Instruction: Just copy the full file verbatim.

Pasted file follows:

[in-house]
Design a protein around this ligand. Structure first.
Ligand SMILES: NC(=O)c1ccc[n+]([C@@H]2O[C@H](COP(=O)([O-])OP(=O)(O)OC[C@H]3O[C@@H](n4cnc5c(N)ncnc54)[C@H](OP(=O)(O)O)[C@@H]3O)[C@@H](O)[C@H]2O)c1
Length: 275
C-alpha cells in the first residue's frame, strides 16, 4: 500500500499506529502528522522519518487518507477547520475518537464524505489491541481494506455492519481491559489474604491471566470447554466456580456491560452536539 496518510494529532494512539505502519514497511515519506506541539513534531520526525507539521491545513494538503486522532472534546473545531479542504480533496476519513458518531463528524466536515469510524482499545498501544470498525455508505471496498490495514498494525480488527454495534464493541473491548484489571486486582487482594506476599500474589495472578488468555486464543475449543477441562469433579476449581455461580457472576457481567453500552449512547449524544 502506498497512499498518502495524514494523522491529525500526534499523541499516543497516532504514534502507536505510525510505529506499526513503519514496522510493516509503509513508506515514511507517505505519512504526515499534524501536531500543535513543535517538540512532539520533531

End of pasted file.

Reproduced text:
[in-house]
Design a protein around this ligand. Structure first.
Ligand SMILES: NC(=O)c1ccc[n+]([C@@H]2O[C@H](COP(=O)([O-])OP(=O)(O)OC[C@H]3O[C@@H](n4cnc5c(N)ncnc54)[C@H](OP(=O)(O)O)[C@@H]3O)[C@@H](O)[C@H]2O)c1
Length: 275
C-alpha cells in the first residue's frame, strides 16, 4: 500500500499506529502528522522519518487518507477547520475518537464524505489491541481494506455492519481491559489474604491471566470447554466456580456491560452536539 496518510494529532494512539505502519514497511515519506506541539513534531520526525507539521491545513494538503486522532472534546473545531479542504480533496476519513458518531463528524466536515469510524482499545498501544470498525455508505471496498490495514498494525480488527454495534464493541473491548484489571486486582487482594506476599500474589495472578488468555486464543475449543477441562469433579476449581455461580457472576457481567453500552449512547449524544 502506498497512499498518502495524514494523522491529525500526534499523541499516543497516532504514534502507536505510525510505529506499526513503519514496522510493516509503509513508506515514511507517505505519512504526515499534524501536531500543535513543535517538540512532539520533531